It’s commonly known Muslims men can marry four times but this is a rarity heading for extinction. Most Qatari men only marry once. 20% have two wives but less than 1% have four wives. This trend is pushed by the rising costs of living and simple practicalities. Each wife needs a separate house. Households are exempt from electricity and water bills but only on one house. I’ll go into the housing system another day.
Similar some women do not get married preferring to live at home with their family. Families here take care of their own in general but it is not without its perils. A Qatari TV program, one of those morning shows hosting phone-ins discussing marriage featured a call from a distressed, unmarried woman who was left destitute after her parents died and her brothers refused to take care of her. This is a rarity though.
Marriage of course changes the lives of both participants and naturally more so the women. They become responsible for the household (along with the maids) and are soon to become mothers. The number of children has fallen greatly from their grandparents’ generations but families are still large here. The government is actively encouraging it. Women are given paid time off work and for the first two years, they work one hour less for the same pay to give them an extra hour with the infant. Their role in society, work and education is actively championed by Shieka Moza, the second but only-seen wife of the Emir. He has three but the two have never been seen in public.
However talking to Qataris, I’ve been surprised how much the men admit marriage changes them. I’ve heard numerous stories of how they’ve had to leave their boy racer days behind, stop smoking, get home early, put money aside and generally take responsibility for their families. The social expectations from the family, work, government, religion and culture are suffocating. I can sense also a slightly modernising of views too. Qatar is not Dubai but it does seek to fit in with the modern world.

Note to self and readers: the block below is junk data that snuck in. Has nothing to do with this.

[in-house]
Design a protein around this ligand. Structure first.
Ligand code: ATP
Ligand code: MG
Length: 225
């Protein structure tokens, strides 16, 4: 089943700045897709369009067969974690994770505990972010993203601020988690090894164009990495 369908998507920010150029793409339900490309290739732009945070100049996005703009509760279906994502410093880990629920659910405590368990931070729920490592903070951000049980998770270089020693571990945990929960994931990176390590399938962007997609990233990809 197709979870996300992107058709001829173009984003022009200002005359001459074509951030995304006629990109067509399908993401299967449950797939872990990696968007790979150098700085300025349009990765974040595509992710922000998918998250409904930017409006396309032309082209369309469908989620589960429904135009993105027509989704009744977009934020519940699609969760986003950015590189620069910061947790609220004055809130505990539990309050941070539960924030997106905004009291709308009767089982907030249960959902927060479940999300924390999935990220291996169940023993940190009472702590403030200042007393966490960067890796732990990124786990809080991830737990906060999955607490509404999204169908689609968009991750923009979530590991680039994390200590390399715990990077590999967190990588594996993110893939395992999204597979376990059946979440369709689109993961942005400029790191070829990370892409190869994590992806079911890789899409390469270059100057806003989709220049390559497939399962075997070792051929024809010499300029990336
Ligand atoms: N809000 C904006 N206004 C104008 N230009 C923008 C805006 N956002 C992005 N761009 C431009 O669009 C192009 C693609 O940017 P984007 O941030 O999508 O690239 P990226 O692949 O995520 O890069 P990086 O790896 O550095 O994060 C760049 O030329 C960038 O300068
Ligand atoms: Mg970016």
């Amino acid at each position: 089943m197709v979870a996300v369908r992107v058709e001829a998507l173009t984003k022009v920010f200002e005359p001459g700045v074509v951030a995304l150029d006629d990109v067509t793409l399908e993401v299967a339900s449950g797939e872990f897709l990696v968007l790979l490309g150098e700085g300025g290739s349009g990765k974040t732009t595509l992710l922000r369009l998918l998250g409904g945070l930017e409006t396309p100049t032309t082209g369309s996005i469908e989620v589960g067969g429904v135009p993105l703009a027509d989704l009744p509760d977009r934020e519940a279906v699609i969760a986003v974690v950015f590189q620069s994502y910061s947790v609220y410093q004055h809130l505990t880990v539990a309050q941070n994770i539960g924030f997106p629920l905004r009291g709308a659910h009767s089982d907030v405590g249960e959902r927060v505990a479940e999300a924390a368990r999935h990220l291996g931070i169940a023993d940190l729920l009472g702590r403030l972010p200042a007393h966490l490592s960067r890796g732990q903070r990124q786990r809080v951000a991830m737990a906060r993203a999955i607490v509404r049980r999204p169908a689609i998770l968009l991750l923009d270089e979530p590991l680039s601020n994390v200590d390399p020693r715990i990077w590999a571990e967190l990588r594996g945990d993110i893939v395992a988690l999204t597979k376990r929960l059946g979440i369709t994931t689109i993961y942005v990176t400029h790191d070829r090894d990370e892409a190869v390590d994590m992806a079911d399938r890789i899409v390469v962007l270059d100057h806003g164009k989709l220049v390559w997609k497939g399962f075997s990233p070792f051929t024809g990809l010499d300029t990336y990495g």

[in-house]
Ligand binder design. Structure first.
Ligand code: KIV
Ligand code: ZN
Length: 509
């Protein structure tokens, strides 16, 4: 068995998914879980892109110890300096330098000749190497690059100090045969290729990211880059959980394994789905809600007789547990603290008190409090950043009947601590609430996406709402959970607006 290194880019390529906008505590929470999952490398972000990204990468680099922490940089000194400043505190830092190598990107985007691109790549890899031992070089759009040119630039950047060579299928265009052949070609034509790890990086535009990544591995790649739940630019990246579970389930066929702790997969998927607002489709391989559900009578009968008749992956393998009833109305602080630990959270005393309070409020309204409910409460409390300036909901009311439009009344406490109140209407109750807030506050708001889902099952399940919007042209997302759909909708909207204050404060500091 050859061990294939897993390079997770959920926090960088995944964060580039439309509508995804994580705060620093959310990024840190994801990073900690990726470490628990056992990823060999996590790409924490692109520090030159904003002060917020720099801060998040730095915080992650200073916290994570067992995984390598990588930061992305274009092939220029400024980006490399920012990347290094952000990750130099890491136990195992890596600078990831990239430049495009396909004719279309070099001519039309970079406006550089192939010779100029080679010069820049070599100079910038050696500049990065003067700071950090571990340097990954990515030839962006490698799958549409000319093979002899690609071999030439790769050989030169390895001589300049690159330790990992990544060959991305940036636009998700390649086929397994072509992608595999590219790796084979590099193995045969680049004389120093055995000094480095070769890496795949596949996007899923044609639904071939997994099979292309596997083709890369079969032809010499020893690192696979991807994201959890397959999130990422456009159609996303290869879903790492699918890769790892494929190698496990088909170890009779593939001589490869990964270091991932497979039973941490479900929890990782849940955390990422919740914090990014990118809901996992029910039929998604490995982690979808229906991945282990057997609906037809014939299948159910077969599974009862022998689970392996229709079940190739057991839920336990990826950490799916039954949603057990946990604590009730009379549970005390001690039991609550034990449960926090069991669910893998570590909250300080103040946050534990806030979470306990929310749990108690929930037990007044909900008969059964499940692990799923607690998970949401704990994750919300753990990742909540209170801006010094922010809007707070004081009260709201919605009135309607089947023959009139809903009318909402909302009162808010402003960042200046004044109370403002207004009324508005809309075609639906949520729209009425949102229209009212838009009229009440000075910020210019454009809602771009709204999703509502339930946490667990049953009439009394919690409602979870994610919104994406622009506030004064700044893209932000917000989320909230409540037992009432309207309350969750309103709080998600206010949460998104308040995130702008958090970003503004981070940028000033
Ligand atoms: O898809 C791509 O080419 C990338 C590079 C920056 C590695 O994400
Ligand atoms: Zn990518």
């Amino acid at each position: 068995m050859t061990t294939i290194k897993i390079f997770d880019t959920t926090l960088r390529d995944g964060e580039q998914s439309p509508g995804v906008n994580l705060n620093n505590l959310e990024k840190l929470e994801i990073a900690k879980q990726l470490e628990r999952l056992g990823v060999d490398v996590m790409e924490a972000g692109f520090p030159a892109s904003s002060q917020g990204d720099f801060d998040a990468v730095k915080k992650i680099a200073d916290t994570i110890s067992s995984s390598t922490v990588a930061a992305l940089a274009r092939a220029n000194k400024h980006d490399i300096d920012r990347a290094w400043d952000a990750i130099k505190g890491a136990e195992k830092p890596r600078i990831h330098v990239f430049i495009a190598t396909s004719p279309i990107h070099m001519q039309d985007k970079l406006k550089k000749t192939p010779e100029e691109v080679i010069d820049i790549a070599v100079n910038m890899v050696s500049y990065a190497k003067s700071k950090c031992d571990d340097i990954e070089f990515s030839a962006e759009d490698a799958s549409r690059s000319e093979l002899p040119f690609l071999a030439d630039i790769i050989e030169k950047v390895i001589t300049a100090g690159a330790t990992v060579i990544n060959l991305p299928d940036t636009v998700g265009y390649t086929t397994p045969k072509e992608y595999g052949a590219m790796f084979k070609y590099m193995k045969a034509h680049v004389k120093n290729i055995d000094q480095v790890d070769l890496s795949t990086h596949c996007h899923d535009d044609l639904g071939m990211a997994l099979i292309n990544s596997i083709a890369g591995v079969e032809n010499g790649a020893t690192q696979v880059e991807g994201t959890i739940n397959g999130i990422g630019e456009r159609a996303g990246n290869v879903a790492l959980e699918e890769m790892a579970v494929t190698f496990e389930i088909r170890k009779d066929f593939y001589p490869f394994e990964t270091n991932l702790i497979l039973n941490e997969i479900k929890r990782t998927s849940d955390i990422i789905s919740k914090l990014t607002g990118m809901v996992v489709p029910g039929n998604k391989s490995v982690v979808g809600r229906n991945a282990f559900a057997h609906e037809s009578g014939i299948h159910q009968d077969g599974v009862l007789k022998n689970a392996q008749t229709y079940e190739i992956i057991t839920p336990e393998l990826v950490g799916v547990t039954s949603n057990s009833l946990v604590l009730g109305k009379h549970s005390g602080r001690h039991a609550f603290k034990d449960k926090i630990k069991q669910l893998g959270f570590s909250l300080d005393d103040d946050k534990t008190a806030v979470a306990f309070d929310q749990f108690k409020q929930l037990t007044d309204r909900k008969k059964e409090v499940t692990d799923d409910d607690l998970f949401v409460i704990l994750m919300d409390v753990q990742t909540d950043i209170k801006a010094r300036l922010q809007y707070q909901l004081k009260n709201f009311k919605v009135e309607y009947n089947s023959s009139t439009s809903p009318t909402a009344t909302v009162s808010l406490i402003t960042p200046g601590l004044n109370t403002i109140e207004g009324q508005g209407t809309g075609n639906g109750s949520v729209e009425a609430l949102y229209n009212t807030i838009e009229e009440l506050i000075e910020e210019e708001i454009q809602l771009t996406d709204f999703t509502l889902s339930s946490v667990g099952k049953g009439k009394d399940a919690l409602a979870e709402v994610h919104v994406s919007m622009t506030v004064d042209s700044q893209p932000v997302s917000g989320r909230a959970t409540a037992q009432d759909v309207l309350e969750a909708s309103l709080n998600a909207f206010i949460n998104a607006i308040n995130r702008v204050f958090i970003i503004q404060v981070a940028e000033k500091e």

Qataris and especially Qatari women often ask me about Western weddings and where the traditions from the garter, throwing of the flowers, vows and overall structure comes from. I generally didn’t know and looked them up for them. While Qatari weddings are deeply formal, traditional and separate, they are still celebrations of two people nervously coming together. The inequality is less pronounced than you would believe but it still remains.
This can all be summed up in one sentence. Soud who I worked with for 10 weeks often spoke of the preparations for his sister’s wedding. He would drive her to Saudi Arabia where the dress was being prepared. A few weeks later he gave me an invitation to his cousin’s wedding. I threw on a suit and tie and went to the Ritz Carlton, slightly nervous but genuinely pleased and interested in seeing what happens. I lined with Soud to meet his cousin (along with two Sheiks!), got my photo taken, spoke with the seemingly endless cousins and was surprised with their level of English and diversity of hobbies. Later over dinner I asked about the bride and Soud replied ‘its my sister!’ So rather than being his cousin’s wedding it was in fact his sister’s wedding. His rearranging of the participants reflects the event I attended and that weddings are primarily organised for the men to get married. The woman’s wishes are an afterthought for now.